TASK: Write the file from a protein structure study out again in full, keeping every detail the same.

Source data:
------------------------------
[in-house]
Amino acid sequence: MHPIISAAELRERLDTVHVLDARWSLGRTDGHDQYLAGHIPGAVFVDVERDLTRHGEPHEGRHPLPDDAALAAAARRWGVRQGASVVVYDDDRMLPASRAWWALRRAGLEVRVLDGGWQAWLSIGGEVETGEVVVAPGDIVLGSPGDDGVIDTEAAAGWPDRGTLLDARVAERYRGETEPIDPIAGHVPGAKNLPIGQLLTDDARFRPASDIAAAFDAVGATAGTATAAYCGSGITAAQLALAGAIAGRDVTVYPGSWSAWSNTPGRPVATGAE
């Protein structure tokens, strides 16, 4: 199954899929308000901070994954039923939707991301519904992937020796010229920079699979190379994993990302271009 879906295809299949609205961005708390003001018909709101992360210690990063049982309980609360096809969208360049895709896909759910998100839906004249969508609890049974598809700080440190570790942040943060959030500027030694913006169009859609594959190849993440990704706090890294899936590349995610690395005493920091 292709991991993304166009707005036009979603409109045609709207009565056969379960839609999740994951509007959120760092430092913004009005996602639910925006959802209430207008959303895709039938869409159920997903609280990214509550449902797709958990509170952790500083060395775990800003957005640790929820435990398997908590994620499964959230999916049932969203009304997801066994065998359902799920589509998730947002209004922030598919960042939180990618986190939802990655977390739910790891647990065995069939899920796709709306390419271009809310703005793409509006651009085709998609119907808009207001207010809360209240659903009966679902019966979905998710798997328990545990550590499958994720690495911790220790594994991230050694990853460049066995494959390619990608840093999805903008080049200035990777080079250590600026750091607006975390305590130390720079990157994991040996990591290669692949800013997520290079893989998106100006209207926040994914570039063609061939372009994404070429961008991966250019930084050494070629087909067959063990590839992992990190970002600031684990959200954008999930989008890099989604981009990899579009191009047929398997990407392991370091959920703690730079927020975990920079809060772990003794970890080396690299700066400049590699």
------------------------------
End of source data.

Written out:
[in-house]
Amino acid sequence: MHPIISAAELRERLDTVHVLDARWSLGRTDGHDQYLAGHIPGAVFVDVERDLTRHGEPHEGRHPLPDDAALAAAARRWGVRQGASVVVYDDDRMLPASRAWWALRRAGLEVRVLDGGWQAWLSIGGEVETGEVVVAPGDIVLGSPGDDGVIDTEAAAGWPDRGTLLDARVAERYRGETEPIDPIAGHVPGAKNLPIGQLLTDDARFRPASDIAAAFDAVGATAGTATAAYCGSGITAAQLALAGAIAGRDVTVYPGSWSAWSNTPGRPVATGAE
């Protein structure tokens, strides 16, 4: 199954899929308000901070994954039923939707991301519904992937020796010229920079699979190379994993990302271009 879906295809299949609205961005708390003001018909709101992360210690990063049982309980609360096809969208360049895709896909759910998100839906004249969508609890049974598809700080440190570790942040943060959030500027030694913006169009859609594959190849993440990704706090890294899936590349995610690395005493920091 292709991991993304166009707005036009979603409109045609709207009565056969379960839609999740994951509007959120760092430092913004009005996602639910925006959802209430207008959303895709039938869409159920997903609280990214509550449902797709958990509170952790500083060395775990800003957005640790929820435990398997908590994620499964959230999916049932969203009304997801066994065998359902799920589509998730947002209004922030598919960042939180990618986190939802990655977390739910790891647990065995069939899920796709709306390419271009809310703005793409509006651009085709998609119907808009207001207010809360209240659903009966679902019966979905998710798997328990545990550590499958994720690495911790220790594994991230050694990853460049066995494959390619990608840093999805903008080049200035990777080079250590600026750091607006975390305590130390720079990157994991040996990591290669692949800013997520290079893989998106100006209207926040994914570039063609061939372009994404070429961008991966250019930084050494070629087909067959063990590839992992990190970002600031684990959200954008999930989008890099989604981009990899579009191009047929398997990407392991370091959920703690730079927020975990920079809060772990003794970890080396690299700066400049590699």